Coinbase stock: What you should know about the crypto exchange that just went public

Shares shot up at first, only to slowly make their way down.

Oscar Gonzalez Former staff reporter
Oscar Gonzalez is a Texas native who covered video games, conspiracy theories, misinformation and cryptocurrency.
Expertise Video Games, Misinformation, Conspiracy Theories, Cryptocurrency, NFTs, Movies, TV, Economy, Stocks
Oscar Gonzalez
3 min read
Coinbase logo and currency images

It's an interesting time for Coinbase. 

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Coinbase, one of the largest and most popular cryptocurrency exchanges in the world, went public Wednesday, selling its shares for the first time on the Nasdaq exchange. The company's stock price flew up past its $250 reference price to a high of $429 but then made its way down to close at $328.28, making Coinbase's valuation $85.8 billion

The frenzy over Coinbase's stock for the day is fueled by the surge of cryptocurrency value, with Bitcoin leading the way, surpassing $63,000 on Tuesday and reaching a record high. There's also the "Coinbase effect," whereby a crypto coin surges in value days after it's listed on the exchange. By going public, Coinbase helps establish the legitimacy of Bitcoin and the cryptocurrencies industry.

Here's everything you need to know about Coinbase going public.

Read also: NFTs explained: These expensive tokens are as weird as you think they are

What is Coinbase? 

Founded in 2012 by Brian Armstrong, a former Airbnb engineer, and Fred Ehrsman, a former trader at Goldman Sachs, Coinbase is a popular cryptocurrency exchange known for its intuitive, beginner-friendly interface. It provides an array of tools to help investors learn about different types of crypto -- and rewards them with cryptocurrency for viewing educational tutorials. 

More than 53 million users have Coinbase accounts, and use them to trade more than 50 cryptocurrencies including Bitcoin, Ethereum and Litecoin. Coinbase also offers a credit card to customers who want to make purchases with crypto, and a digital wallet to store crypto assets including NFTs

When can I buy Coinbase stock?

Coinbase went public at 1:25 p.m. ET on the Nasdaq exchange. It initially had a reference price of $250 a share under the COIN ticker symbol, putting the company's valuation at approximately $65 billion, according to The Wall Street Journal. The Nasdaq provided the reference price based on past performance metrics, but when trading of the stock started, it quickly shot up to $429 a share. Share prices have since come down, ending the day at $328.28, increasing the company's valuation to $85.8 billion.

Why is Coinbase using a direct listing?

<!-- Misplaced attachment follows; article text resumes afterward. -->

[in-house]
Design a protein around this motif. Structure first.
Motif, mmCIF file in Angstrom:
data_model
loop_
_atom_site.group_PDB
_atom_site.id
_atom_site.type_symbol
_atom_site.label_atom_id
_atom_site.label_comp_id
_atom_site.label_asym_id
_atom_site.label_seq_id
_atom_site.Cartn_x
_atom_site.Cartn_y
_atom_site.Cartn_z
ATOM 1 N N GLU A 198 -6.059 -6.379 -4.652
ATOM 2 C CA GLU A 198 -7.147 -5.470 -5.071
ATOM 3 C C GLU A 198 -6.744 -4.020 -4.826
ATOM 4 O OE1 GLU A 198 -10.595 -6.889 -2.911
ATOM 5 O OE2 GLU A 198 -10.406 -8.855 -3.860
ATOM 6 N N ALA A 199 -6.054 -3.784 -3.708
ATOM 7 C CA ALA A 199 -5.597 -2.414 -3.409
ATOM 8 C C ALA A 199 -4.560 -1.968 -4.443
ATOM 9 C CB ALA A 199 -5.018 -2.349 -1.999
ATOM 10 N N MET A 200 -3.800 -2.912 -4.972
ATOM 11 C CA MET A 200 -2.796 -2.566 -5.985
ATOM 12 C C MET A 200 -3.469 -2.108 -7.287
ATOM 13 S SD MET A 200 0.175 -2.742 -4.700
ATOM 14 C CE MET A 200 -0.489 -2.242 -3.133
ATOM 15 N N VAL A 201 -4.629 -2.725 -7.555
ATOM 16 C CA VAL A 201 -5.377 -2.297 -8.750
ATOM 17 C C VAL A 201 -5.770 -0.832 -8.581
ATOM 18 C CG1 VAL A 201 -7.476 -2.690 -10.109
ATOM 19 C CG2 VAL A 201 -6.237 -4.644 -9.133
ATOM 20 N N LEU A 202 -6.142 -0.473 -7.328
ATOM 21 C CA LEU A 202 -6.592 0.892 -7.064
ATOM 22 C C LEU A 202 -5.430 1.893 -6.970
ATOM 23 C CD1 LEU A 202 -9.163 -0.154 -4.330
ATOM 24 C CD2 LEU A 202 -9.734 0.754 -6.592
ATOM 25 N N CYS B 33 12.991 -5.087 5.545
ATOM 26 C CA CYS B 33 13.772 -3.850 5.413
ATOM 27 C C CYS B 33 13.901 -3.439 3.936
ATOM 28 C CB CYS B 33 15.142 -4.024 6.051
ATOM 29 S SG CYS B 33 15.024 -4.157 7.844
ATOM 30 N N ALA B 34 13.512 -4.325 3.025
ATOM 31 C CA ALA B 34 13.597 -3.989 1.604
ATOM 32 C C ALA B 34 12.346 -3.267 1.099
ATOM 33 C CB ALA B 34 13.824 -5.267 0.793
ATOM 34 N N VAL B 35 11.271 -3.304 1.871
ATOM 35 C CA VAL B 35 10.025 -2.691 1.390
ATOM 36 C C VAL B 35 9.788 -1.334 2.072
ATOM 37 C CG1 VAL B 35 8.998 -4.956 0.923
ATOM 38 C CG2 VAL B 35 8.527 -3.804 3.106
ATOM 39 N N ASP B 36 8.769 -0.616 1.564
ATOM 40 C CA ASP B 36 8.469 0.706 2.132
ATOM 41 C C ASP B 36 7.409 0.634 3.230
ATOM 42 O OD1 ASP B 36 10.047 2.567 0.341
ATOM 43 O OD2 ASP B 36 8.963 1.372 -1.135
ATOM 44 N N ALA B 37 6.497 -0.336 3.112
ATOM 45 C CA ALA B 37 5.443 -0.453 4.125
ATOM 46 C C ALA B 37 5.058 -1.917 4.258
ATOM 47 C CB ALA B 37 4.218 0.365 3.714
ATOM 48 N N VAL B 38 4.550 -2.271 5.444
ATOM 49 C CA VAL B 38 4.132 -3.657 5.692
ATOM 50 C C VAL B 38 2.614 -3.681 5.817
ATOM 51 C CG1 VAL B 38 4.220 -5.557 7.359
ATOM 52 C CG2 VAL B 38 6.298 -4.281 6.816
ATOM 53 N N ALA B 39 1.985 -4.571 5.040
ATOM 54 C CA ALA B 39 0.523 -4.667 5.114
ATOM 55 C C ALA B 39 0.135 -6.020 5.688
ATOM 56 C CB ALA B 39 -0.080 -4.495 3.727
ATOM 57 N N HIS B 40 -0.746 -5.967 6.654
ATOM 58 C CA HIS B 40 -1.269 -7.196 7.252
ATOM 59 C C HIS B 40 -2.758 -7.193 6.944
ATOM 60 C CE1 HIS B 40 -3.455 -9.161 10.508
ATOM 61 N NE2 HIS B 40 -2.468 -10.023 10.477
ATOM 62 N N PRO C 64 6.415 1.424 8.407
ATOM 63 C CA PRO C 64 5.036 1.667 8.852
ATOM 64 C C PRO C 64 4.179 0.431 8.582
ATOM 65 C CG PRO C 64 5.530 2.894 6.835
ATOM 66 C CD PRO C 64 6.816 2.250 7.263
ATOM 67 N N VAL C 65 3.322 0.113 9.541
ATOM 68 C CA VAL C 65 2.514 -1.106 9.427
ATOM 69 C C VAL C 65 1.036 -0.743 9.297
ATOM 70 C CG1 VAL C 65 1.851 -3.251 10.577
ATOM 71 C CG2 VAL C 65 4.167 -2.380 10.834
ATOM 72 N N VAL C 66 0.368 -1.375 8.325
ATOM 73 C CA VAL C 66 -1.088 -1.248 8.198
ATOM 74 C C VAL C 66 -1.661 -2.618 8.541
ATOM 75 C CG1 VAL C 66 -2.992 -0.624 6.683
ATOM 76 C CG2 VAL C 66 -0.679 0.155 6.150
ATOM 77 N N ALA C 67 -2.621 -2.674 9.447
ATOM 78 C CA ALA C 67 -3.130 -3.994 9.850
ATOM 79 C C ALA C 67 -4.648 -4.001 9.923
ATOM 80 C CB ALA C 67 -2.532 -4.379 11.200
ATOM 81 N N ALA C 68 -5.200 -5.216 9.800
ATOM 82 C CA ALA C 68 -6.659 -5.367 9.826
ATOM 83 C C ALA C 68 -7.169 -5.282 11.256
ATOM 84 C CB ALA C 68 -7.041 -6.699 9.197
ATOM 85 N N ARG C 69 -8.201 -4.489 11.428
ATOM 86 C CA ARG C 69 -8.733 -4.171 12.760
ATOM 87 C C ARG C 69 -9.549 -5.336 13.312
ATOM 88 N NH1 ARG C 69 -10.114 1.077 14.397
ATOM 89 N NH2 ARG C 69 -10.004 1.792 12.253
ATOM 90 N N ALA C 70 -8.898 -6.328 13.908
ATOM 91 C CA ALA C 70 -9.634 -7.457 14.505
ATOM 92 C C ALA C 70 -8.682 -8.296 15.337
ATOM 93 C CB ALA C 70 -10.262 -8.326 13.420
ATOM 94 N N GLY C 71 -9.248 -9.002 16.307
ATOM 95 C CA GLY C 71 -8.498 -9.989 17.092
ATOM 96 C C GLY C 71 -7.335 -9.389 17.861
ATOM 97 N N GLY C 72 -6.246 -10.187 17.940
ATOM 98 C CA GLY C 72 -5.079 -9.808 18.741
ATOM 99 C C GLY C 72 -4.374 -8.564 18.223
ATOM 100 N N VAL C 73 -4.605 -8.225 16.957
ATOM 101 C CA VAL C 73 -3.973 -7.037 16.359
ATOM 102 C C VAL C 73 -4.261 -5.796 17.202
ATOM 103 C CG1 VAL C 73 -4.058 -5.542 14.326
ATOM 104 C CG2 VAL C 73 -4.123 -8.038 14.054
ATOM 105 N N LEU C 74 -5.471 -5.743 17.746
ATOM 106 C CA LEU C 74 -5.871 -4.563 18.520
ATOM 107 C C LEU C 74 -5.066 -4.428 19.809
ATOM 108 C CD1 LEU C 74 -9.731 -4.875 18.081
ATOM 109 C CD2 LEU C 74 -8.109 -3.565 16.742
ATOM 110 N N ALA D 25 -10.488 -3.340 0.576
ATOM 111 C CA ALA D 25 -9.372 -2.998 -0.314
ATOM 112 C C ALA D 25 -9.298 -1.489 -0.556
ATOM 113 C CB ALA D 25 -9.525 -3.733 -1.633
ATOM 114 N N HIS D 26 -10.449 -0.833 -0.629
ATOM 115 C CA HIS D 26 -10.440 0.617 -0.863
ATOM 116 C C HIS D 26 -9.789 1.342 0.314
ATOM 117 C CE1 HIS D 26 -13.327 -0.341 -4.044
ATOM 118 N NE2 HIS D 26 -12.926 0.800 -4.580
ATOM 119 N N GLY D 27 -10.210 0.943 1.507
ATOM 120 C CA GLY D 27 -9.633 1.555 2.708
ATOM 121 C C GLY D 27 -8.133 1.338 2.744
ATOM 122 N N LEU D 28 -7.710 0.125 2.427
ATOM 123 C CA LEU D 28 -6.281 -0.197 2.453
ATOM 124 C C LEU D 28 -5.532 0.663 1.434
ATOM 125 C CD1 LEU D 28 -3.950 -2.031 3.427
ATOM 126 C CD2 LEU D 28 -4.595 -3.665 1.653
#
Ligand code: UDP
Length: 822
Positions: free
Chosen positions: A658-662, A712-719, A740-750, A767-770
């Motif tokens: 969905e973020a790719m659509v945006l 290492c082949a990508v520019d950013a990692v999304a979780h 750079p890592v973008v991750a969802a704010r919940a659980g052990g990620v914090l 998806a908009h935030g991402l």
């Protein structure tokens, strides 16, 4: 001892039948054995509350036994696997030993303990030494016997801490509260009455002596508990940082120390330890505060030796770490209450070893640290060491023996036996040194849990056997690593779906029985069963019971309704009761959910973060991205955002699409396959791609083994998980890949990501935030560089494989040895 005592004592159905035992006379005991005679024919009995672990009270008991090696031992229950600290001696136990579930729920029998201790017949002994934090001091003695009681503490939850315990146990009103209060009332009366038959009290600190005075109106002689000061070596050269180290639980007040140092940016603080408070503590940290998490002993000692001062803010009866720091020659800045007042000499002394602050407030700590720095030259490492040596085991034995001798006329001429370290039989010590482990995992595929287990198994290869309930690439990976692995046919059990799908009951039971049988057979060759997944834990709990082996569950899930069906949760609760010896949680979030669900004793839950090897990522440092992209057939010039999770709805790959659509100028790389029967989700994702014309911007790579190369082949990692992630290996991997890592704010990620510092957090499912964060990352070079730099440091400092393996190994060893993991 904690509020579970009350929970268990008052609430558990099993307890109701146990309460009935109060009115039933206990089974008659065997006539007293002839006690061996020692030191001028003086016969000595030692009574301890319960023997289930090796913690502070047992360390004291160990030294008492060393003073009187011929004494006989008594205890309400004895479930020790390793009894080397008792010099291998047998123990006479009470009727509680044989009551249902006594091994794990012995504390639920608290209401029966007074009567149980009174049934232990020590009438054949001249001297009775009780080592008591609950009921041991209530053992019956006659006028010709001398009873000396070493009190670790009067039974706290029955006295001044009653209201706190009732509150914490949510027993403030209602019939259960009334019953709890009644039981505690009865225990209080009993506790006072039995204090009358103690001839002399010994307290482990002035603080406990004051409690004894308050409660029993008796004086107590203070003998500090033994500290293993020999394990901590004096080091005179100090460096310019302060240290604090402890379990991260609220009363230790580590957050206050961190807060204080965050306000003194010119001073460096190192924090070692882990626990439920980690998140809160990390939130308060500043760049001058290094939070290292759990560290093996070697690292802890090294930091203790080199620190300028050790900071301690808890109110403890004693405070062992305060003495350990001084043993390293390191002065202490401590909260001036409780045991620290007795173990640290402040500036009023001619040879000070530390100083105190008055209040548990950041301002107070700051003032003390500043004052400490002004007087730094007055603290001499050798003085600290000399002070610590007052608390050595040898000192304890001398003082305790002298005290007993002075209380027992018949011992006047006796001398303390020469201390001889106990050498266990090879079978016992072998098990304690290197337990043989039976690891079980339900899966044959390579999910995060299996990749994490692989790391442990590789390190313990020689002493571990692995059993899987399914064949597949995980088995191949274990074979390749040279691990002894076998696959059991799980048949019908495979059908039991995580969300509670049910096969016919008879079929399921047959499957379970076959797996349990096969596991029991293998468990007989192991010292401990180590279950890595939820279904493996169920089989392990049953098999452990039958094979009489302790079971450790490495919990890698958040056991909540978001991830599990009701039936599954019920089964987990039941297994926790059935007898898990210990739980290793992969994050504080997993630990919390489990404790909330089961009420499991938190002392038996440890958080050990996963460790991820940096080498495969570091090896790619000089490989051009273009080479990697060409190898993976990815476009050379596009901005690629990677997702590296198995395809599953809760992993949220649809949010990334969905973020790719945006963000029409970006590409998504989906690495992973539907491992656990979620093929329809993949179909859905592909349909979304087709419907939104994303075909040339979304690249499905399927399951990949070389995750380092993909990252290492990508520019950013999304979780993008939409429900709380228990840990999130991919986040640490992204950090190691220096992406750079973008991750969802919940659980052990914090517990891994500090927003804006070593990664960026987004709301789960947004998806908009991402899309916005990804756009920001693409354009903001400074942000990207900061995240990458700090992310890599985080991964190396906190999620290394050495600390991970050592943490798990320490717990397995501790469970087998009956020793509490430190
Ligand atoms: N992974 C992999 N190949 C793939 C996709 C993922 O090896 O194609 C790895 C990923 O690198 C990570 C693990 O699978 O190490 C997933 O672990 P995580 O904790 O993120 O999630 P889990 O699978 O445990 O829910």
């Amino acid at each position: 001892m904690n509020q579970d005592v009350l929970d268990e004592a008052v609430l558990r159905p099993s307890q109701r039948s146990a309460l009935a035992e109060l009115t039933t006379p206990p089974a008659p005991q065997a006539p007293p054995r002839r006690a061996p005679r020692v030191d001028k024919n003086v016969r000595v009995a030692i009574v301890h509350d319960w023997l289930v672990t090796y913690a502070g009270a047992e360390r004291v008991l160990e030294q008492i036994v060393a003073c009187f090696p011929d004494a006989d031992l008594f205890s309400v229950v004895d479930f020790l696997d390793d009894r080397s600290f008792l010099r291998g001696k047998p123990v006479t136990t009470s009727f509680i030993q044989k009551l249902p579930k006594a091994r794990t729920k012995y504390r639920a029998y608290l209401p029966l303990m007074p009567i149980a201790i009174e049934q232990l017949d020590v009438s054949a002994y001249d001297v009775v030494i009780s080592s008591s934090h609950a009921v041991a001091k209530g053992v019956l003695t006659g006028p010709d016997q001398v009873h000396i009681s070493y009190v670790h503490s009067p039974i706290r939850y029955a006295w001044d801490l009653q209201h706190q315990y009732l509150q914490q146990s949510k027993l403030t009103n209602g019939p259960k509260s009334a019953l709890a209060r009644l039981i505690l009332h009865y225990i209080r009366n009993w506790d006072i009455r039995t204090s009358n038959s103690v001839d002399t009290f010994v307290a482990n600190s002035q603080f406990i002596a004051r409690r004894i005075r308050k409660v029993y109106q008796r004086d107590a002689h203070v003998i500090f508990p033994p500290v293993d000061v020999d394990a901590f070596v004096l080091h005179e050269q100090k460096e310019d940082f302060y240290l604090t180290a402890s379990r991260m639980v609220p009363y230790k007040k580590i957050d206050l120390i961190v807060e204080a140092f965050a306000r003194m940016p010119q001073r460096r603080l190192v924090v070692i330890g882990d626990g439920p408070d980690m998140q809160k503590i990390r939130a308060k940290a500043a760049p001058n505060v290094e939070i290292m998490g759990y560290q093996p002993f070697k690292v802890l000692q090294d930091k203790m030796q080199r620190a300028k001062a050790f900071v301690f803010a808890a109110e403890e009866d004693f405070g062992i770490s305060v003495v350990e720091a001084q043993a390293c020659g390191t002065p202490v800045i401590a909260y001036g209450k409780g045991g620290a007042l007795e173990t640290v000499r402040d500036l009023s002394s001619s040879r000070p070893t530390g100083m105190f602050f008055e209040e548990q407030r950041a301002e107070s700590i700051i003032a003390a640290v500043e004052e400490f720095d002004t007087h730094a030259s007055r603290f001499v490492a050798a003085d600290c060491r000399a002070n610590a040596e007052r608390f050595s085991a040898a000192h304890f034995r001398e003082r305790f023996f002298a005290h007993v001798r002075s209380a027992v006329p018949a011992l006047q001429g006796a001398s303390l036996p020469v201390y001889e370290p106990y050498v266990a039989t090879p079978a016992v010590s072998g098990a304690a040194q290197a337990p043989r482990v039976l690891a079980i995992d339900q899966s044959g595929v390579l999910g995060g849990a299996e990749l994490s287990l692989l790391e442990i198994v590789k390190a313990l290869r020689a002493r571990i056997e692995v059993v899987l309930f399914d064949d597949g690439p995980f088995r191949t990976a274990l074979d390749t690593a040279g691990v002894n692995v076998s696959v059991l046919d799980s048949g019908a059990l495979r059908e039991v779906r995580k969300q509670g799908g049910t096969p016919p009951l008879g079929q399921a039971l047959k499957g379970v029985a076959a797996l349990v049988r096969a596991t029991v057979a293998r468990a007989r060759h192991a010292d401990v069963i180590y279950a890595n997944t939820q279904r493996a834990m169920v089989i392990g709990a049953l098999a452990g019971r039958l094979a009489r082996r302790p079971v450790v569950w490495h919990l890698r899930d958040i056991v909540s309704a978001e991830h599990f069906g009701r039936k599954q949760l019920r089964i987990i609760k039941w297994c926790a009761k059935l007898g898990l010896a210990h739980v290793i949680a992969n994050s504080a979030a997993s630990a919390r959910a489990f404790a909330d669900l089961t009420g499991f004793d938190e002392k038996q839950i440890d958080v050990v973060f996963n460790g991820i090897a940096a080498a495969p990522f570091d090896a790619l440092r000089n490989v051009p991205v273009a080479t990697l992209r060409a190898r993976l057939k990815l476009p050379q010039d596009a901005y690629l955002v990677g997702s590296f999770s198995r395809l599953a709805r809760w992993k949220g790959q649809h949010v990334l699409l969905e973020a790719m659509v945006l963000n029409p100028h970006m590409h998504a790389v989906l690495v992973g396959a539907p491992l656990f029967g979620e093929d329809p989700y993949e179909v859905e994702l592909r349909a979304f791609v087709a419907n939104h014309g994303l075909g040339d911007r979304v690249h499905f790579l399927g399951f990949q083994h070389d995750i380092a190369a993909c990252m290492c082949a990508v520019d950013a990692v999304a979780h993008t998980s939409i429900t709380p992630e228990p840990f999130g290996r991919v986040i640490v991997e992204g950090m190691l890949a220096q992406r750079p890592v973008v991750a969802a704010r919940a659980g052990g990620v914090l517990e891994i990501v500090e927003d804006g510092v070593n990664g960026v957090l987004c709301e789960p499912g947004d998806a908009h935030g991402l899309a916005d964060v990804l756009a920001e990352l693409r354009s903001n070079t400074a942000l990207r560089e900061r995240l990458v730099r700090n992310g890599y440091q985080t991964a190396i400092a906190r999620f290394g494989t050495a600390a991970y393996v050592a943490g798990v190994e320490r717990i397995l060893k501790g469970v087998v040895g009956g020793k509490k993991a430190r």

In keeping with the subversive foundation of cryptocurrency, Coinbase's decision to eschew an IPO isn't altogether surprising. With an IPO, a company partners with financial institutions to promote its stock with the hope of selling shares to raise capital. A direct listing, in contrast, provides a venue for existing stakeholders in the company -- who already own stock -- to sell shares to the public. Coinbase stockholders will be looking to sell almost 115 million shares

A direct listing, with shares trading in the open market without banks underwriting the offering, is generally considered a less expensive but riskier option for a company. Spotify chose to go with a direct listing when it went public in 2018, as did Slack in 2019

Have there been any controversies at Coinbase?

Some crypto traders aren't so hot on Coinbase's practices. That's mainly because of its fee for trading and buying crypto. Coinbase charges a 0.5% fee, while other exchanges charge from 0.05% to 0.1%. The other issue for some traders is the relatively small number of cryptocurrencies available to trade on Coinbase. There are more than 5,000 altcoins, a term referring to a cryptocurrency that's not Bitcoin, and Coinbase trades just over 50 of those. One of the more popular altcoins not available for trade on the exchange is Dogecoin

Back in 2018, Coinbase users found they were being charged on their Visa cards multiple times for transactions with the exchange. It turns out the credit card issuer had recently changed how cryptocurrency transactions were processed, which led to multiple charges. Transactions were reversed for the people affected. 

This past October, 5% of Coinbase's employees left the company after CEO Brian Armstrong wrote a blog post calling for an apolitical workplace. Armstrong wrote a follow-up post to clarify his intentions.   

What is the 'Coinbase effect'? 

Because Coinbase trades a limited number of cryptocurrencies, it's developed a reputation as a kingmaker. The "Coinbase effect" refers to the sharp jump in a cryptocurrency's value once it's listed on the exchange. On average, prices for a newly listed coin can go up by 91% within five days